In Defense of Fathers, by Andrew Joppa

In Defense of Fathers

by Andy Joppa

So, being a good man is not an exam or a qualification, it changes, and it incorporates being a good friend, a good father, a good employee, a good boss, a good neighbor and a good citizen.

  1. A. Gill

My academic and consulting forte was “culture.”  We spent over a year trying to convert the Swiss based management culture of Credit Suisse into one that was more “Americanized.”  We had some real success. In another, we went into Satellite Business Systems, a new high tech company of the early 80’s, built from three differing cultures, IBM, Aetna and Xerox, and tried to create a common culture from these three, that varied dramatically in their approach to management. We only partially succeeded in that endeavor.

My point is…I’m extremely sensitive to culture and its implications for the success or failure of companies…or nations. With that in mind, I offer the following that my “culturally sensitive antenna” has picked up over the past few years.

For many years, the lament of the women’s movement revolved around the consideration that spending time in the home, surrounded by screaming kids, was demeaning. She had to leave the house to fulfill herself and seek her true destiny.  Merely being a mother was not enough to satisfy her sense of self. In fact, according to the lament, none of it really was. I could create an entire essay discussing the negatives that this view has created in our culture. It may very well have been the moment where it all started to go bad. While a dubious case can be made that women’s life involvements were enhanced, there is no case that can be made that these directions enhanced the well-being of society nor the children so effected.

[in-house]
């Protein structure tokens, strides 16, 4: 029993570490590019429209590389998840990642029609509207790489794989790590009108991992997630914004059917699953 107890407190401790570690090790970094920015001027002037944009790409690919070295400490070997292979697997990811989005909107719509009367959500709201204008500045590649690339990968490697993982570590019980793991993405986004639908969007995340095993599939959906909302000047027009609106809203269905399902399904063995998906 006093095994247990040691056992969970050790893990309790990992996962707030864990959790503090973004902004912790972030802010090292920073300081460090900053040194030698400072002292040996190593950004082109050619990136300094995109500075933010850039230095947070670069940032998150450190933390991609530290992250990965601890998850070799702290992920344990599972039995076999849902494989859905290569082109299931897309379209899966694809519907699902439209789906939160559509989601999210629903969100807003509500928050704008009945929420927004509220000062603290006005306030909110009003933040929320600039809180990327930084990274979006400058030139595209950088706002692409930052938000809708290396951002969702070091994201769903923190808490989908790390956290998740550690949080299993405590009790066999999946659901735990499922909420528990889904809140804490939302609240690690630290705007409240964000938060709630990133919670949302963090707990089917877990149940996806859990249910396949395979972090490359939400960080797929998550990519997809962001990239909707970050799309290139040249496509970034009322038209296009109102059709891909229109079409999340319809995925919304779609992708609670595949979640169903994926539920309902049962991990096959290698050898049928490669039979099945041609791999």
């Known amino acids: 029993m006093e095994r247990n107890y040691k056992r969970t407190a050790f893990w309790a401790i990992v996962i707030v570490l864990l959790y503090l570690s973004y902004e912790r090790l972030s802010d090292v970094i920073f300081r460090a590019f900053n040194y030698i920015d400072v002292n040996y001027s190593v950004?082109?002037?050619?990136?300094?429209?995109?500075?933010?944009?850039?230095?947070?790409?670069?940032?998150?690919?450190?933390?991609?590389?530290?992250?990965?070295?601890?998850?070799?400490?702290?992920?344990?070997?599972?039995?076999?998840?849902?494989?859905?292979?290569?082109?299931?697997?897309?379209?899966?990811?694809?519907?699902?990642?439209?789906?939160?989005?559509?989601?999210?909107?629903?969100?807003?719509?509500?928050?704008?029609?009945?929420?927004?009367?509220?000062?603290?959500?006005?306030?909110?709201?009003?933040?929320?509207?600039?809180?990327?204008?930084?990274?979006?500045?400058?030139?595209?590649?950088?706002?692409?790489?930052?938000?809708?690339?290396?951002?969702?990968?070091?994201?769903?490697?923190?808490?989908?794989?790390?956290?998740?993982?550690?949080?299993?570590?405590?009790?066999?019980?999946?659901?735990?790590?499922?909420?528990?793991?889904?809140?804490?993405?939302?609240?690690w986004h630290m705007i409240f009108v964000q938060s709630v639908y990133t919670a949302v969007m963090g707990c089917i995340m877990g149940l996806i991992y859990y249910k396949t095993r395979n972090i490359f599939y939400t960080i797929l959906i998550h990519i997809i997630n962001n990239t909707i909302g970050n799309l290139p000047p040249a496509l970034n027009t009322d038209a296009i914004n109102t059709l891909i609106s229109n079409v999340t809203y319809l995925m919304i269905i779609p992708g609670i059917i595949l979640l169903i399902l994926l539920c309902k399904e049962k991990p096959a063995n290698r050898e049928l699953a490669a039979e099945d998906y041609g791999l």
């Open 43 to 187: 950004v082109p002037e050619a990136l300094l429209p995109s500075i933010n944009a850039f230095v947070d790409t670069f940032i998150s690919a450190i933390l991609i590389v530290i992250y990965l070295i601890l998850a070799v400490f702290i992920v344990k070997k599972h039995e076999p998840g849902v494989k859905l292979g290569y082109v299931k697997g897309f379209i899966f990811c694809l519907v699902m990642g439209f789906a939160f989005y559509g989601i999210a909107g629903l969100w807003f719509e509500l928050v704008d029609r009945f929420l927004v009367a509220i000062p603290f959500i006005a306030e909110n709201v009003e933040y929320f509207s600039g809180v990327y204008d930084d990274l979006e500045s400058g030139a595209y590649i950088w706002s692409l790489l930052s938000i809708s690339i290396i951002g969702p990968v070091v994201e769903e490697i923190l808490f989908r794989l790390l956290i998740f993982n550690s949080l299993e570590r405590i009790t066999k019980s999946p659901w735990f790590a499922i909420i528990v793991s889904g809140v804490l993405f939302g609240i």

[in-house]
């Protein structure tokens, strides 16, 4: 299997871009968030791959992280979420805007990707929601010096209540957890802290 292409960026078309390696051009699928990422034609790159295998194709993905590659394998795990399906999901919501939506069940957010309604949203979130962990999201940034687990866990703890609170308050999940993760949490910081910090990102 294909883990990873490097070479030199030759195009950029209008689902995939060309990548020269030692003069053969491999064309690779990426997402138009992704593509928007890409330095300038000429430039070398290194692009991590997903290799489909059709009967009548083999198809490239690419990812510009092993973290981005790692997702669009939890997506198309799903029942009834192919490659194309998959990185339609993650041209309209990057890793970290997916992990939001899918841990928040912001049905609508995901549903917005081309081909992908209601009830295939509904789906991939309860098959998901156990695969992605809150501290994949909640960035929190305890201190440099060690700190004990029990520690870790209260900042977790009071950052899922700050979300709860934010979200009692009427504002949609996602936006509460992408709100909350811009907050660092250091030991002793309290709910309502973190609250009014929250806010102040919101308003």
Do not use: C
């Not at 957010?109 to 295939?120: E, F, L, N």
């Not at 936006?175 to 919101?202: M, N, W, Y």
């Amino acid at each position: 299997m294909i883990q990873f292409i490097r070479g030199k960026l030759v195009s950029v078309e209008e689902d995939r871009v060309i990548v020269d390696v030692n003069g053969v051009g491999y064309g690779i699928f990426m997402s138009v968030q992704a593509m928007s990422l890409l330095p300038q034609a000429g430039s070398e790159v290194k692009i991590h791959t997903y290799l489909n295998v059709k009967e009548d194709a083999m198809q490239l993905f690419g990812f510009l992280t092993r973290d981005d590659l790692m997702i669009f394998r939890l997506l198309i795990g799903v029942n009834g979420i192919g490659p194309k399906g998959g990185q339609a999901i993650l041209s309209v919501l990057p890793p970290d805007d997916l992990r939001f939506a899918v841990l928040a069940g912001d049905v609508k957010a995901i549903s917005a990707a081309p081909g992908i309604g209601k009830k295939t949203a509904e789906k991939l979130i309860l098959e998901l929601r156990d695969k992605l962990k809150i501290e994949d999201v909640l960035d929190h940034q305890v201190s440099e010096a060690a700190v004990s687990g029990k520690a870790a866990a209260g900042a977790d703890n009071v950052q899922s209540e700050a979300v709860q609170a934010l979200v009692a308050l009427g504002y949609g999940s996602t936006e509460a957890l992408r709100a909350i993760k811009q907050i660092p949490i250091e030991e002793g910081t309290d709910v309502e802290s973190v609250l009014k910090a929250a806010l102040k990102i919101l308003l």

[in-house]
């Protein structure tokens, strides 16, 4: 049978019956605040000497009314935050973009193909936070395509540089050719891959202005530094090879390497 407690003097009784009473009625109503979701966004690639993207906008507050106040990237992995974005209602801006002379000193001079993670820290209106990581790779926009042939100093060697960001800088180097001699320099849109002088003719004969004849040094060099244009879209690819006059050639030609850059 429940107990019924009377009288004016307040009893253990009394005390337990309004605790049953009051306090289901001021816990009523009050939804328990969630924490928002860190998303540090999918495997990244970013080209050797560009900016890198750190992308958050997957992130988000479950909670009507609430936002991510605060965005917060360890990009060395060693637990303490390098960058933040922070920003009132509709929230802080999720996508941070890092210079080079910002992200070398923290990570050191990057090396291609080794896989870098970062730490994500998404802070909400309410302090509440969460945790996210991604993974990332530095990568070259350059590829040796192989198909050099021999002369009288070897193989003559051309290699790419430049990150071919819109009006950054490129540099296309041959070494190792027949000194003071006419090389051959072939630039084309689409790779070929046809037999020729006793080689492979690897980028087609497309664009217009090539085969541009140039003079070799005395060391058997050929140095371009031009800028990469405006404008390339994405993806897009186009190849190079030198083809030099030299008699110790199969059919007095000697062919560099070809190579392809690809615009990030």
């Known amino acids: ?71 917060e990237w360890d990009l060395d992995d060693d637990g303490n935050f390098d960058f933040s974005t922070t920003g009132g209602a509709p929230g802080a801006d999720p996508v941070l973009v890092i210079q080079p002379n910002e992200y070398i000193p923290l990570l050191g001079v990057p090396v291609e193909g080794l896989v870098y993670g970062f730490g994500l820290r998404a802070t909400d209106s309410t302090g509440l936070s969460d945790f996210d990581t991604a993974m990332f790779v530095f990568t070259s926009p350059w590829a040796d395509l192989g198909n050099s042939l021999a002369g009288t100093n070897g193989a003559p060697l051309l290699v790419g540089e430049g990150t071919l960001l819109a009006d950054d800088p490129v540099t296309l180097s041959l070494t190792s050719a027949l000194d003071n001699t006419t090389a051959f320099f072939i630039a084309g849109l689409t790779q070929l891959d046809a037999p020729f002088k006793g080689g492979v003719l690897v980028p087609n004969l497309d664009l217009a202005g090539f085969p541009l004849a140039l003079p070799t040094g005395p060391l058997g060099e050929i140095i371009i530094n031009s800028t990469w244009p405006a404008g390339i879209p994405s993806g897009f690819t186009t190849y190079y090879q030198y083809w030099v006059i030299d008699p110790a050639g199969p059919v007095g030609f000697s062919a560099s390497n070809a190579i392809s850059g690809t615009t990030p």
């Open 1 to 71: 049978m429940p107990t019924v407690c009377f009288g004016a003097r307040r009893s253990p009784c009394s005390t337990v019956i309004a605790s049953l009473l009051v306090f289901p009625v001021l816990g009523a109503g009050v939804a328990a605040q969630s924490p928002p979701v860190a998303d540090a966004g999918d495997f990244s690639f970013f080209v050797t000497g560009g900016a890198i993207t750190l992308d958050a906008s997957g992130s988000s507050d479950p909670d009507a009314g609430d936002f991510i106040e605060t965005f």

However, I now find in many movies and other culturally manipulative areas it being suggested that the man must seek out the home and family…to the exclusion of all other things… for his only true valueHis work has been basically defined as purposeless in the lives of his family. Even the old “excuse” that he had to earn money for the well-being of the family is no longer accepted as valid.

The wives, in these carefully scripted cultural media manipulations, often offer “wise” counsel that includes, “We’ll be OK”…”The children need you at home to tuck them in,” or “Wipe their noses,” or, “To go to their sixth-grade choir recital.” It resurrects some of the same attacks on Ghandi because he wasn’t a good father while “wasting” his time creating Indian independence.

Paying the bills, so goes the pleading, would somehow be taken care of by some miracle…or the government I would suppose. In addition, we should ignore that he’s working on a cure for a cancer or that he’s building a company that will employ thousands or that he’s invested dozens of years in getting there, in addition to achieving the academic credentials that might have made that possible. More simply, and realistically…because it’s his job no matter how onerous it is for him to even show up every day.  It is what he owed his family. Now, just being there for nearly every moment in their lives is all that matters…or so the new cultural gurus would have it.

Lost in all of this nonsense are the realities of some families. The ungrateful children. The whiny wife who can’t stand having hubby around. The kiddies who resent the discipline from the father and…in many cases, no matter what the wife said…the reduced financial resources creating marital difficulties. The best of fathers can become depressed and feel lost without anything significant to do except wipe noses and listen to laments. Isn’t that what women have being saying for many years?